Good Fences Make Good Neighbors? The Helen Mirren Property in Puglia Case

| Thu, 05/10/2012 - 13:34

Italian lawyer Nick Metta comments on Helen Mirren’s disagreement with her neighbor in Puglia.

If good fences make good neighbors, then Helen Mirren should have a great relationship with her Italian neighbor over the four metre stone wall dividing their properties in southern Puglia. Unfortunately, this does not seem to be the case.

While Dame Mirren and her husband Taylor Hackford regularly draw headlines, the current disagreement with their Puglian neighbors is not truly newsworthy. These situations between neighbors happen frequently throughout Italy and, human nature being what it is, most likely throughout the world.

Currently the couple’s neighbor, Anna De Giovanni, has a dispute not directly with them, but with the Comune of Tiggiano. Ms De Giovanni has accused the Comune of not fulfilling their duty when she was not permitted to review and have copies of the complete renovation plans for the Mirren-Hackford property. Ms De Giovanni had however been allowed to review the plans that pertained to the stone wall dividing her property from Dame Mirren’s, which is what De Giovanni had originally claimed to disagree with. Not exactly a big scandal thus far.

As these situations cannot always be predicted or prevented, the most crucial actions to carry out to protect your interests should be taken prior to purchasing the property. It is important for proper due diligence to be carried out prior to investing in one’s Italian dream escape, including but not limited to:

- title deed history over the past 20 years;
- surveyor’s confirmation of existing borders, rights of way, and cadastral map;
- confirm any preemption rights;
- review of planning permissions;
- confirm the property is not under rental contract;
- confirm any existing mortgages or liens.

A thorough and professional review of the above should be carried out and addressed prior to signing any deed, even just an initial purchase offer. Sometimes, a signed purchase offer can have dire implications later as one has unknowingly agreed to something or given up certain rights.

Should one be planning to renovate or build on a property after purchase, it is also possible to craft the purchase offer to be contingent upon planning permissions being emitted for future work. As these measures need to be carried out in the proper manner, it is important to engage a reliable professional, familiar with local regulations. In Dame Mirren’s case, it seems that all this has been done.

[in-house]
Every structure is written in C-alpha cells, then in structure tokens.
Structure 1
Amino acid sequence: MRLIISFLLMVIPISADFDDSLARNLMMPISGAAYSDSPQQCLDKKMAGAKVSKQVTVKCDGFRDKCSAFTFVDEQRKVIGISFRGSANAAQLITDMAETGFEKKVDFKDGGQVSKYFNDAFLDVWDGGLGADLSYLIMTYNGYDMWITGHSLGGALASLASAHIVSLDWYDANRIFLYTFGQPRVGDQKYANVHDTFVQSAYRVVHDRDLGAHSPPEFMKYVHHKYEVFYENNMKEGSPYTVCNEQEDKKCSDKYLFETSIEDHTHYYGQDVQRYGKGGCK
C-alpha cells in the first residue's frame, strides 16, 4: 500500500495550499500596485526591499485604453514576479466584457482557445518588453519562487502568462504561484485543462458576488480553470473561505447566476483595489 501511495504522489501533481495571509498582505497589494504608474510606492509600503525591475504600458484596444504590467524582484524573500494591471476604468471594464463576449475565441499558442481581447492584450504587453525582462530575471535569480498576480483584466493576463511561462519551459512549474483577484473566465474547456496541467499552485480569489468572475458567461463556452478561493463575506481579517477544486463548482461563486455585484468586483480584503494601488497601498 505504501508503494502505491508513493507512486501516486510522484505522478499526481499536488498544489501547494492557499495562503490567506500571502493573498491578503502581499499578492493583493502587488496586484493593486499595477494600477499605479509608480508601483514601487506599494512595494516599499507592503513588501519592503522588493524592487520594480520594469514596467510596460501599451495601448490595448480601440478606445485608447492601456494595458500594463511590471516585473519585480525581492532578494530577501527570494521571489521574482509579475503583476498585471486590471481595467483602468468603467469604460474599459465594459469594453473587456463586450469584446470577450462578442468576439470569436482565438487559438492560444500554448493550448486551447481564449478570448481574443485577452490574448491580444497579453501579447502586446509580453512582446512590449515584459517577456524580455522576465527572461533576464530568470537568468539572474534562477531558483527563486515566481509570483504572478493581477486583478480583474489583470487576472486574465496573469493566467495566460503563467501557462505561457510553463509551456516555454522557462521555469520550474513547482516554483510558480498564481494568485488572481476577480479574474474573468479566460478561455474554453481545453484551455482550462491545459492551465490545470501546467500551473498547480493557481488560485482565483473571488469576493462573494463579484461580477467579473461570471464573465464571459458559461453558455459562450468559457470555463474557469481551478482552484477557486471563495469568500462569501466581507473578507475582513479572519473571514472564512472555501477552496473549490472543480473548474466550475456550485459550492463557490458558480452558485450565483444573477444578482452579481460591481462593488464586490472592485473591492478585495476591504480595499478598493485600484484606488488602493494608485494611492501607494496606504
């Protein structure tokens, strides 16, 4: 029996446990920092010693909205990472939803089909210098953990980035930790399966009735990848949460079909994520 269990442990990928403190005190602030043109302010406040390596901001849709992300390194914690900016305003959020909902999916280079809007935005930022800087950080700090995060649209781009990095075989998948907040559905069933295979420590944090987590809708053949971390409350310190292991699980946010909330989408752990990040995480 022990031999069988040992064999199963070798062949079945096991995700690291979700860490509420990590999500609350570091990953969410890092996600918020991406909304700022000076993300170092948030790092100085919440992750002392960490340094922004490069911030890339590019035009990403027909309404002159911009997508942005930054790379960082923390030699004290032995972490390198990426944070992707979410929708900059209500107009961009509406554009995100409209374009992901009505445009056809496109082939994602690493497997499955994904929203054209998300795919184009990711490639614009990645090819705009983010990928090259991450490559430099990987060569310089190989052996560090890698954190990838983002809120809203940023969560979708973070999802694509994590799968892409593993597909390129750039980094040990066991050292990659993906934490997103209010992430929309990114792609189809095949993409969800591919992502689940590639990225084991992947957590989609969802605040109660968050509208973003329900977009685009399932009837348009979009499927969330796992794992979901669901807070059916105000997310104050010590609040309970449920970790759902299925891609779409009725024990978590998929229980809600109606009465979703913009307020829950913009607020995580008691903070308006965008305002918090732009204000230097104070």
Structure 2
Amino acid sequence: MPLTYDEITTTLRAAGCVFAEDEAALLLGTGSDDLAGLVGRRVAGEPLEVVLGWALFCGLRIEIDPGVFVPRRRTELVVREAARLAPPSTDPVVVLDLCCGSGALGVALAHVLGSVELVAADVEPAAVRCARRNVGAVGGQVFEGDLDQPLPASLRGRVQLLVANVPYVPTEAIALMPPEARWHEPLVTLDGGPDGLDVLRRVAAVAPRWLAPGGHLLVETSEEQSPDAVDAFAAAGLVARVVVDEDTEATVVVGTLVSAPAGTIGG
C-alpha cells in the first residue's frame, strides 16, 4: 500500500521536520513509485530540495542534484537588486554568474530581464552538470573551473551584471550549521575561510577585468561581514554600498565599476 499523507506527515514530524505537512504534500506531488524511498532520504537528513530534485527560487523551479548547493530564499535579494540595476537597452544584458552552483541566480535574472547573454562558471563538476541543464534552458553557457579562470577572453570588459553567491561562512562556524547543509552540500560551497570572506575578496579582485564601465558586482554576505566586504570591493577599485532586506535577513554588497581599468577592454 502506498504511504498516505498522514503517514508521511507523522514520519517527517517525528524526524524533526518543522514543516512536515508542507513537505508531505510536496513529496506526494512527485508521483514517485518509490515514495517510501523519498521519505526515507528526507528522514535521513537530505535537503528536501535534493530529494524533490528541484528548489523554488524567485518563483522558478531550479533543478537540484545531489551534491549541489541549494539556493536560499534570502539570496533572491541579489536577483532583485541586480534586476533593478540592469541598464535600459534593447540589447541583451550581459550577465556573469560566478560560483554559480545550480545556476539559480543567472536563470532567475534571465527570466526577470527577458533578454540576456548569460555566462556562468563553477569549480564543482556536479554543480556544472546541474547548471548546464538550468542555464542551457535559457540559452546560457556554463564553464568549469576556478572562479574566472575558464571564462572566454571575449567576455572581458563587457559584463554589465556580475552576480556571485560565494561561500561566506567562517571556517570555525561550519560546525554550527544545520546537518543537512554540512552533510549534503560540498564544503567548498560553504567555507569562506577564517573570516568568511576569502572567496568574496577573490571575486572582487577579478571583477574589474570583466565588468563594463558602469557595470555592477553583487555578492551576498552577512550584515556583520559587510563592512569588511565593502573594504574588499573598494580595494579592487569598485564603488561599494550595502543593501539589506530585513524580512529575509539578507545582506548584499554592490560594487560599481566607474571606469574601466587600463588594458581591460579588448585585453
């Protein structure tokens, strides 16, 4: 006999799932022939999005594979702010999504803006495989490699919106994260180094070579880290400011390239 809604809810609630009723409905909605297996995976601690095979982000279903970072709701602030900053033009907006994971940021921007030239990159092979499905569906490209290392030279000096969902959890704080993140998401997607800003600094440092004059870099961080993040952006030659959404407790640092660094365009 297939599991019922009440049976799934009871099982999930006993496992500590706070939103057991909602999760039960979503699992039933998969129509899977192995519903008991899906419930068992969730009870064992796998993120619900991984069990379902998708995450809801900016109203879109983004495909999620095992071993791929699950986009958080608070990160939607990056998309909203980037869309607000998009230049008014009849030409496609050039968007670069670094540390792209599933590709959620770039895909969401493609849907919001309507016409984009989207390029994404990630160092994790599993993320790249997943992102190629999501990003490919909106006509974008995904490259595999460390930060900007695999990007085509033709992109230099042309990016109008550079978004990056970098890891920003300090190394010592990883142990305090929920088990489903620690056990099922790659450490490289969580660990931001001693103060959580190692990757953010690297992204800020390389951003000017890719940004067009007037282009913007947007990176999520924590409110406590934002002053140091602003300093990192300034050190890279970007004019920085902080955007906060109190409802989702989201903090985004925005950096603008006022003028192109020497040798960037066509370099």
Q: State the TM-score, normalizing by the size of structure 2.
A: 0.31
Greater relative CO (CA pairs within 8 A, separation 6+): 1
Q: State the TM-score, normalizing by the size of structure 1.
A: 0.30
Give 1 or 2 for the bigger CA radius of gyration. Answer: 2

Once any issues have been addressed and the property has been purchased, it is then quite important to carry out any renovation or construction work only when the proper planning permissions have been approved. It is also key to use professionals who work within the standards and properly complete the work in accordance with the legal regulations. This should all be documented and registered with the local Comune as necessary. Once again, it seems Dame Mirren has done this aspect as well.

However, as we see with Dame Mirren’s current situation, even if you have done everything in accordance to the law, it is not uncommon for a dispute to emerge at a later date. Having all the proper paperwork in place will make the situation easier to affront, and hopefully quicker to resolve in your favour.

Please check this space on the ItalyMag website regularly as Studio Legale Metta will be publishing editorials on various legal aspects of purchasing and owning Italian property.

Previous articles contributed by Studio Legale Metta:

Italian Government Gains Revenue by Raising VAT on Italian Property Purchases

Italian Financial Crisis 2012: Essential Estate Planning for Italian Real Estate Investors

Italian Property Purchase Tips - Leaving a Deposit: Acconto vs. Caparra

Italian Inheritance Hunters and the American Uncle

Good News for Italian Property Owners: You Don’t Need an Italian Will

Save More Than 50% on Rental Property Taxes

Getting Money Out of Your Italian Property

Nick Metta is a partner at the Italian law firm Studio Legale Mettawhere he is head of the firm's international department, addressing matters of Italian law involving international parties in areas such as Italian real estate, property financing and Italian inheritance law. Nick has his Ph.D. in Italian tax law and has been assisting international clients since 1998.

The Italian law firm Studio Legale Metta is a boutique firm of Italian Attorneys. Established more than 120 years ago, the firm handles domestic and international casework throughout Italy.